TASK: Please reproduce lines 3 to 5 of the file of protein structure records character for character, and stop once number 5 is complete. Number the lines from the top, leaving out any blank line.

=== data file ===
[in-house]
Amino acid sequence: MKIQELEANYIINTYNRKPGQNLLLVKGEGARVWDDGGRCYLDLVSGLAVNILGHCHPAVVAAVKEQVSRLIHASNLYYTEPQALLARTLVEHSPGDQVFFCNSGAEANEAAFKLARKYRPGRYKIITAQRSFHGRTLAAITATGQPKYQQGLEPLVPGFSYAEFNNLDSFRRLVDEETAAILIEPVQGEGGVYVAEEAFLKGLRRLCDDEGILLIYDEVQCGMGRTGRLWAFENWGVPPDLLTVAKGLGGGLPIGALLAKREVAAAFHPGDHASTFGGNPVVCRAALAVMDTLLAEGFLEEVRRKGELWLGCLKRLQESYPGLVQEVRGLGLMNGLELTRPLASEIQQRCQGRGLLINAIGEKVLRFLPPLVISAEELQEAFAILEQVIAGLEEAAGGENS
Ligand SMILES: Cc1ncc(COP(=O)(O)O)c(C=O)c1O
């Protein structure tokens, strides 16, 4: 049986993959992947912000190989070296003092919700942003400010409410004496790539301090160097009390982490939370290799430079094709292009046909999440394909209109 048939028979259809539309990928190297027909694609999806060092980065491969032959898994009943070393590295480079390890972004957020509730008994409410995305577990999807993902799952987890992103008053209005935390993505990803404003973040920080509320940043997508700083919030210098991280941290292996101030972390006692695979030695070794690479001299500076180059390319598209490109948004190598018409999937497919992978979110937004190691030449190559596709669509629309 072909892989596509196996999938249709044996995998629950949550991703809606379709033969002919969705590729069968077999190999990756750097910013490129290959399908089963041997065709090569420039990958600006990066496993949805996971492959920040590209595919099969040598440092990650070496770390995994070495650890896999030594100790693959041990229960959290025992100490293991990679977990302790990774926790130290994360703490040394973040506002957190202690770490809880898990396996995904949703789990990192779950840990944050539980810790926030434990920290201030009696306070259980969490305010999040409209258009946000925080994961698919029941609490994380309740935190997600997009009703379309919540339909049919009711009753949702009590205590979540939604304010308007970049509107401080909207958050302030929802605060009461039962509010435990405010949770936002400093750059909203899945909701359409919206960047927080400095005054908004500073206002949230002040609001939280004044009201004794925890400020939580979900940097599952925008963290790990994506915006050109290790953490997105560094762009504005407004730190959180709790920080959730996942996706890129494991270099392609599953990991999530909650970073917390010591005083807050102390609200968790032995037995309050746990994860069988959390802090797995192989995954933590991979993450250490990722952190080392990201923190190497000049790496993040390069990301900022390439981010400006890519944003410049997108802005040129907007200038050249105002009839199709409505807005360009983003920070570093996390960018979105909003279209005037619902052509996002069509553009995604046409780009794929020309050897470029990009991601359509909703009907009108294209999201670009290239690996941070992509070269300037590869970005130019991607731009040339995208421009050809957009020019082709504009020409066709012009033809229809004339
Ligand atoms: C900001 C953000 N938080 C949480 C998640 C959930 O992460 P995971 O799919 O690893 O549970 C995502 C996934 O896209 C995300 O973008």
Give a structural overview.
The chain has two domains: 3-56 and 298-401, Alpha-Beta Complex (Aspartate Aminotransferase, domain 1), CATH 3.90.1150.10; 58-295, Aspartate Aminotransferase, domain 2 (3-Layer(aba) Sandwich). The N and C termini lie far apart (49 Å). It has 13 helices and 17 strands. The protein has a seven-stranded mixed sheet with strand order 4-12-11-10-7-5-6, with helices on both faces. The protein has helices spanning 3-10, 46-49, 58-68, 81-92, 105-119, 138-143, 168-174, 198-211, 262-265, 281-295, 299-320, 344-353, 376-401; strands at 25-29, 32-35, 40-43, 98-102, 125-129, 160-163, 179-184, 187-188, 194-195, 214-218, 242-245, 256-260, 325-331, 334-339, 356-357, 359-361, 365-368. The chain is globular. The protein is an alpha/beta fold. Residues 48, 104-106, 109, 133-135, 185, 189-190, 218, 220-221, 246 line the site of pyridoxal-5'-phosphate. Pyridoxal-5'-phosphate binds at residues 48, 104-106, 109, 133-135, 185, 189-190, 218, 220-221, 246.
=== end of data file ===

Ligand SMILES: Cc1ncc(COP(=O)(O)O)c(C=O)c1O
């Protein structure tokens, strides 16, 4: 049986993959992947912000190989070296003092919700942003400010409410004496790539301090160097009390982490939370290799430079094709292009046909999440394909209109 048939028979259809539309990928190297027909694609999806060092980065491969032959898994009943070393590295480079390890972004957020509730008994409410995305577990999807993902799952987890992103008053209005935390993505990803404003973040920080509320940043997508700083919030210098991280941290292996101030972390006692695979030695070794690479001299500076180059390319598209490109948004190598018409999937497919992978979110937004190691030449190559596709669509629309 072909892989596509196996999938249709044996995998629950949550991703809606379709033969002919969705590729069968077999190999990756750097910013490129290959399908089963041997065709090569420039990958600006990066496993949805996971492959920040590209595919099969040598440092990650070496770390995994070495650890896999030594100790693959041990229960959290025992100490293991990679977990302790990774926790130290994360703490040394973040506002957190202690770490809880898990396996995904949703789990990192779950840990944050539980810790926030434990920290201030009696306070259980969490305010999040409209258009946000925080994961698919029941609490994380309740935190997600997009009703379309919540339909049919009711009753949702009590205590979540939604304010308007970049509107401080909207958050302030929802605060009461039962509010435990405010949770936002400093750059909203899945909701359409919206960047927080400095005054908004500073206002949230002040609001939280004044009201004794925890400020939580979900940097599952925008963290790990994506915006050109290790953490997105560094762009504005407004730190959180709790920080959730996942996706890129494991270099392609599953990991999530909650970073917390010591005083807050102390609200968790032995037995309050746990994860069988959390802090797995192989995954933590991979993450250490990722952190080392990201923190190497000049790496993040390069990301900022390439981010400006890519944003410049997108802005040129907007200038050249105002009839199709409505807005360009983003920070570093996390960018979105909003279209005037619902052509996002069509553009995604046409780009794929020309050897470029990009991601359509909703009907009108294209999201670009290239690996941070992509070269300037590869970005130019991607731009040339995208421009050809957009020019082709504009020409066709012009033809229809004339
Ligand atoms: C900001 C953000 N938080 C949480 C998640 C959930 O992460 P995971 O799919 O690893 O549970 C995502 C996934 O896209 C995300 O973008």